Agenda item

Member Questions

These must be received no later than 12 noon on Tuesday 16th July 2019.



Question from Councillor Max Wilkinson to the Leader, Councillor Steve Jordan 


MHCLG Planning Practice Guidance published in March included a new paragraph encouraging local authorities to work together on Community Infrastructure Levy contributions to build cross-boundary infrastructure.  Will this guidance provide an opportunity for using the JCS CIL money to fund the Cheltenham to Bishops Cleeve cycle path?  



Response from the Leader


The Community Infrastructure Levy scheme (CIL), introduced on 1st January 2019, provides an opportunity for the JCS authorities to work together to agree arrangements for CIL governance, CIL priorities, and in turn CIL spend.


As part of the preparation of the JCS, an Infrastructure Delivery Plan (IDP) was developed. The IDP identifies a range of infrastructure projects that are required to ensure the successful delivery of growth across the JCS area.


A ‘Cheltenham to Bishops Cleeve’ cycle path is not specifically mentioned in the IDP. The IDP does include some general/non-specified funding requirements for ‘Community and Culture’ and ‘Green Infrastructure’. Furthermore, the IDP will be reviewed as part of the ongoing JCS review.   However, proposals such as these are recognised in the emerging transport strategy – Connecting Cheltenham and this will in due course provide part of the evidence base informing future decisions on CIL spend.


Proposals for joint governance, which will be presented to members in the Autumn, will provide opportunities for such cross boundary schemes to be considered.



Question from Councillor Max Wilkinson to Cabinet Member Development and Safety, Councillor Andrew McKinlay


Clean air continues to be a hot topic. One of the contributors to harmful emissions in our town centre is idling engines. What measures can the council take to introduce an enforcement regime to prevent emissions from public transport providers, including private hire and Hackney carriage vehicles?



Response from Cabinet Member Development & Safety


The percentage contribution that idling engines may be having on local air pollution is not quantified and in fact, this behaviour may well be adversely impacting the air quality in other areas more than the town centre, for example, outside schools.


Although there is an enforcement measure available to deal with idling engines (which involves a fine), research indicates this is labour intensive, ineffective and does not result in large scale sustainable behaviour change, or improved air quality. For example, only 29 fines were issued across the country in 2018. In addition, the low level of the fine does not act as a deterrent, or allow enforcement authorities to fully recover their costs.  The offence of ‘idling’ comes from Section 42 of the Road Traffic Act 1988 and the initial fine is just £20.


The latest research is available online at


The council will continue to maximise opportunities to deliver air quality benefits by engaging with partners, major employers and the public on long term behaviour change and improved air quality measures. The current borough-wide ‘Air Quality Management Area’ (AQMA) is likely to be revoked this year, with smaller area/s of air quality management identified instead. Part of this work will include creating a new Air Quality Action Plan (AQAP) containing a suite of air quality improvement measures, in collaboration with partners such as public transport providers, including taxi and private hire firms.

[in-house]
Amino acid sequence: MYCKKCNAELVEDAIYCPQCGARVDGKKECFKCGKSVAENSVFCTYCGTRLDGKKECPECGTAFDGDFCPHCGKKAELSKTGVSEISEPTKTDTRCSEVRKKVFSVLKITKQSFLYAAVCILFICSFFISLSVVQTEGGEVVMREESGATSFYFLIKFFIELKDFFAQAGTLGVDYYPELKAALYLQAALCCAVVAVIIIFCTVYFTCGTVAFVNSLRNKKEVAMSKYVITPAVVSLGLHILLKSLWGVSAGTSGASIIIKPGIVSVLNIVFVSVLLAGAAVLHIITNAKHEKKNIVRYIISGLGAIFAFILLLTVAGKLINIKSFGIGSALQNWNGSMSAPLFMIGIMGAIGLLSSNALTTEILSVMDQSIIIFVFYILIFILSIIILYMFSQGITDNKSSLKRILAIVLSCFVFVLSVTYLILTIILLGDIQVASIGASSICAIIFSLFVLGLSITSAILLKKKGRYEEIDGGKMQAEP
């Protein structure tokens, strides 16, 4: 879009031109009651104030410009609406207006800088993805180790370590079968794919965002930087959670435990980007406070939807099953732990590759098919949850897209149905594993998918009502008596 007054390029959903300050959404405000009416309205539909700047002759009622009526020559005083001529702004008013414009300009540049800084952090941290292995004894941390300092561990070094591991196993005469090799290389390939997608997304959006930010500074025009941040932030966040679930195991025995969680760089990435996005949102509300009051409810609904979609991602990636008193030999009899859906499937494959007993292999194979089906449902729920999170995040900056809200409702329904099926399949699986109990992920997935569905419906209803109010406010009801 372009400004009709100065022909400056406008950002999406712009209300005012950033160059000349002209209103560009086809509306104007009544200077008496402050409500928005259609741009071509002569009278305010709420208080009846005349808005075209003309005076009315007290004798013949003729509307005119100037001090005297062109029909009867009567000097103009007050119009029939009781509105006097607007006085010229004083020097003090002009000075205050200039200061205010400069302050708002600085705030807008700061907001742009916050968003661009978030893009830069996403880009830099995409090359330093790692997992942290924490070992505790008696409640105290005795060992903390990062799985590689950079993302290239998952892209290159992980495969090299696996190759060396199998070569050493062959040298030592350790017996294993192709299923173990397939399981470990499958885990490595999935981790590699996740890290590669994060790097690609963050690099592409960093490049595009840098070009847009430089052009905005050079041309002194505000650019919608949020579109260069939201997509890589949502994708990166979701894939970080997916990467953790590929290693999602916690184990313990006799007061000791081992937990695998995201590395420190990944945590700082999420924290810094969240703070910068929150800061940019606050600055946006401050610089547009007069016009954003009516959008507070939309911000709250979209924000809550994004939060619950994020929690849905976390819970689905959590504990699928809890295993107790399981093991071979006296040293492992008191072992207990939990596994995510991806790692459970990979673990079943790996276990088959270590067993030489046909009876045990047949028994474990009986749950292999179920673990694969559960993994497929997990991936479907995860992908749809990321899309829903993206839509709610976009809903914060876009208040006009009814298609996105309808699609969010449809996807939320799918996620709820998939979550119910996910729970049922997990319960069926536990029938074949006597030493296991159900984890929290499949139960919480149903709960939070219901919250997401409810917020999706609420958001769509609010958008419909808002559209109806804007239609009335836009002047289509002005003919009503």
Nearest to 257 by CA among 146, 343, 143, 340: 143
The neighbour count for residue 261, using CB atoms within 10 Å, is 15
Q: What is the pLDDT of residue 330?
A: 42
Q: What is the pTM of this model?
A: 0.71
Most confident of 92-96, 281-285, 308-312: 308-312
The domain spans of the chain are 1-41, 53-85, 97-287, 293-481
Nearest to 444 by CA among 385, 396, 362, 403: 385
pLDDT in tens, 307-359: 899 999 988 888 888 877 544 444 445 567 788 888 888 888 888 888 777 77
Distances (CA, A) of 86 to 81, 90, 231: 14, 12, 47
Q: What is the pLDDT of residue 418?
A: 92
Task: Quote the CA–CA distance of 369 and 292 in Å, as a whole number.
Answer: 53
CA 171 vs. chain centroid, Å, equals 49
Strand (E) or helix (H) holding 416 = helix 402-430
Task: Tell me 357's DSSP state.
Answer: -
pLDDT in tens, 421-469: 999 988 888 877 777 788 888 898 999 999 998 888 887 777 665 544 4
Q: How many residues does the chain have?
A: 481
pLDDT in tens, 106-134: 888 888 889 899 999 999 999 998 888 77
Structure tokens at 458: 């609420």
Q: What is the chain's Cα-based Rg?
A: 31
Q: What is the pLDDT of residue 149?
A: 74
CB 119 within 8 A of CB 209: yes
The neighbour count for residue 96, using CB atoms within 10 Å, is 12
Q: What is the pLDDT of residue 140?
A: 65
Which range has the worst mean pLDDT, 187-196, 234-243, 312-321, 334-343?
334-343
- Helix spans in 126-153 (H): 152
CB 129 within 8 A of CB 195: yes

In a supplementary question, the member asked whether councillors would work with him to express their support for the School Streets in an open letter. The response was to offer their support.



Question from Councillor David Willingham to Cabinet Member Clean and Green Environment Councillor Chris Coleman


Could the Cabinet Member please advise whether this Council has a strategy or policy for proactively identifying and subsequently eradicating invasive, non-native plants (as defined in Schedule 9 of the Wildlife and Countryside Act 1981) from council-owned land?



Response from Cabinet Member Clean and Green Environment


The council records the occurrence of invasive non-native species where they occur on its land on its geographical information system. Where green space staff or contractors encounter non-native species in the course of their daily work, they will report it to the green space team, who will verify the sighting and record it on the mapping system. Once identified the weeds are then treated in an approved manner to either control or eradicate them.


Schedule 9 of the Countryside and Wildlife Act is extensive and contains many animals, insects and plants. The most commonly found invasive, non-native plants are Japanese Knotweed, Giant hogweed, Himalayan balsam, Rhododendron ponticum and New Zealand pigmy weed. Currently, we only have a few locations where Japanese Knotweed and Himalayan balsam is present.  Sightings of Giant hogweed in Cheltenham are rare and have turned out to be common hogweed on closer inspection.


The law states that we must not plant these species, or cause them to grow in the wild and we do not have a statutory duty to control or eradicate them where they occur on our land. However, given the potential damage that Japanese knotweed can cause to adjacent buildings, and the harmful sap associated with giant hog weed, it is our policy to remove, or control these species where they occur on our land.